Spitzer said he thought it was a really good idea to have the program run for the businesses, not the town, and suggested they come up with more cut and dried rules and less discretion.

Trenk stated, “I still don’t think this is ready for prime time” and suggested the town lease the poles to CCMEA, that they come up with a firm set of policies and said, “I have a hard time asking staff to help manage this program.”

Mayor Vincent Francia said he agreed that CCMEA should be making those decisions and agreed with Spitzer’s suggestion that giving priority to those with a Cave Creek business license would be a good place to start.

The item was informational only with no council action to be taken.

Desert Foothills Library Executive Director David Court spoke to council regarding its consideration of a $10,000 contribution to the library.

He said the library’s annual budget is $619,000, most of which he stated came from private donations.

Court noted the library just celebrated its 60th Anniversary on Feb. 14.

When asked what they would use the money for, Court stated they currently budget $5,000 for children’s programs and they would use it to expand their children’s programs.

Durkin asked how much the library has in capital reserves.

Court said he would hate for their good housekeeping to dissuade council from giving them the $10,000 and stated the library has an endowment fund of $2 million, which is not to be used for operations.

During public comment, Scott Dahne said, unlike CCMEA, whose books are open, the library’s are not.

He said when he served on the library’s board he noted irregularities and requested an audit. Dahne said he was refused.

“They should have an audit before they see a dime. Why is the town giving $10,000 to an organization that has more than $2 million. Maybe the library should be giving money to the town,” said Dahne as he urged council to vote no.

McGuire stated this was something they had put in the budget for this year.

Durkin said, “I hate to sound like a wet blanket, but what is the criteria used to justify giving away taxpayer money?”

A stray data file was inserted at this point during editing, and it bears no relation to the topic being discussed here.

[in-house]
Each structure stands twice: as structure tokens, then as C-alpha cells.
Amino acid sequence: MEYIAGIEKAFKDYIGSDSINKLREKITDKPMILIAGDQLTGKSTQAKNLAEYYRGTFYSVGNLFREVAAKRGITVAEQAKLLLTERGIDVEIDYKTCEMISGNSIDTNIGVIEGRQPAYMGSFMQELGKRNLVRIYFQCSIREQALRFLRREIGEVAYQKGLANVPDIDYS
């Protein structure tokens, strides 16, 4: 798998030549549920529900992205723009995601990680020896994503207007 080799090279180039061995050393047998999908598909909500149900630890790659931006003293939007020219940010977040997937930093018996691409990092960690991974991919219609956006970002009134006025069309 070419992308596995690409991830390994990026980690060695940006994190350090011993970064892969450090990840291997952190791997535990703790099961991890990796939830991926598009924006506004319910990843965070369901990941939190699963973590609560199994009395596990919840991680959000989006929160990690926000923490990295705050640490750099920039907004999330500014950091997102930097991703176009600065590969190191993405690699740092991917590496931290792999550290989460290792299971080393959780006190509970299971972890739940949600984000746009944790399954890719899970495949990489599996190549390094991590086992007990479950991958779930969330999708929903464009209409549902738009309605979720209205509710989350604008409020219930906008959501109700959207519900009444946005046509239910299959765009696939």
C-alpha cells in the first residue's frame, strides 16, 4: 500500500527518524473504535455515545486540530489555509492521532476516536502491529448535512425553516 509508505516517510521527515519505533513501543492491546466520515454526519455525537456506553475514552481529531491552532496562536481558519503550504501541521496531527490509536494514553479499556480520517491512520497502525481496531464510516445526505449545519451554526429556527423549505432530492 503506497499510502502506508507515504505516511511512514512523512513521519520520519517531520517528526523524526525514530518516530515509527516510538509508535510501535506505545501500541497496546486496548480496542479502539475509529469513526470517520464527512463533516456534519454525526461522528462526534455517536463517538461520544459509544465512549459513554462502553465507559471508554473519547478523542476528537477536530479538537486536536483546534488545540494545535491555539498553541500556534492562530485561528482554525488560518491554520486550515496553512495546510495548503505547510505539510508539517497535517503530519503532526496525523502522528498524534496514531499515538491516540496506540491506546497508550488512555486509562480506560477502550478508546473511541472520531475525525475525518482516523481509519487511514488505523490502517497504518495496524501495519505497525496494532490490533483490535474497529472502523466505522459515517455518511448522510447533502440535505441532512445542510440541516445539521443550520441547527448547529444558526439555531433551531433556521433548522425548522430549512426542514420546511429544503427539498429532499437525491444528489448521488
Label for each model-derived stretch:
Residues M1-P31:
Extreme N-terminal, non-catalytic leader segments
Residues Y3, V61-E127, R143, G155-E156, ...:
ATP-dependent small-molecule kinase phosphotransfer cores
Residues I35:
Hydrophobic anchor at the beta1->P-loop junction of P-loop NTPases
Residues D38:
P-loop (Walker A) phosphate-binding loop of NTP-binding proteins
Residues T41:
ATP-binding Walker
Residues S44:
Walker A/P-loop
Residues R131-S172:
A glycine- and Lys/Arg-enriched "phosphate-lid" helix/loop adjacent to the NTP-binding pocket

He said the library doesn’t appear to generate money for the town and he couldn’t support it.

Spitzer said there was no way to know if the accusation made by Dahne were true or if the money will be used for the stated purpose.

He said there were many non-profits in need, such as the Foothills Food Bank.

Bunch said he agreed, had issues with it and wasn’t going to support it.

When Francia asked if Durkin was basing his decision on the accusations made by Dahne, Durkin said he was not and stated, “Looking at the library, it seems to be robust.”

The motion to approve the $10,000 contribution failed by a vote of 3-4 with Spitzer, Bunch, Monachino and Durkin dissenting.

Cordwell presented the “Infrastructure Improvements Plan and Draft Development Fees” prepared for the town by its consultants TischlerBise.

Cordwell stated there was no one present from TischlerBise and said the recommended range of fees would be a policy decision by council.

Trenk questioned how they came up with the assumption trails would cost $72,000 per mile.

Spitzer asked what the bottom line was, if fees were going up or down.

Cordwell said water and wastewater would be handled separately and were not included.

He also pointed out fees could not be used for maintenance of existing facilities and infrastructure and could only be used to build, improve or expand.

Cordwell said they removed transportation fees, which he said were really high, since the town does not plan to build any new roads, making the fees less.

Because council had questions only the consultant could answer, Cordwell suggested council table the item until the March 17 meeting whereas they could analyze net fees and consult with TischlerBise to determine how they came up with the assumptions used.

Council voted unani-mously to table the item until March 17 with Francia commenting it was “ludicrous” that the town hired TischlerBise to do this project and they didn’t show up.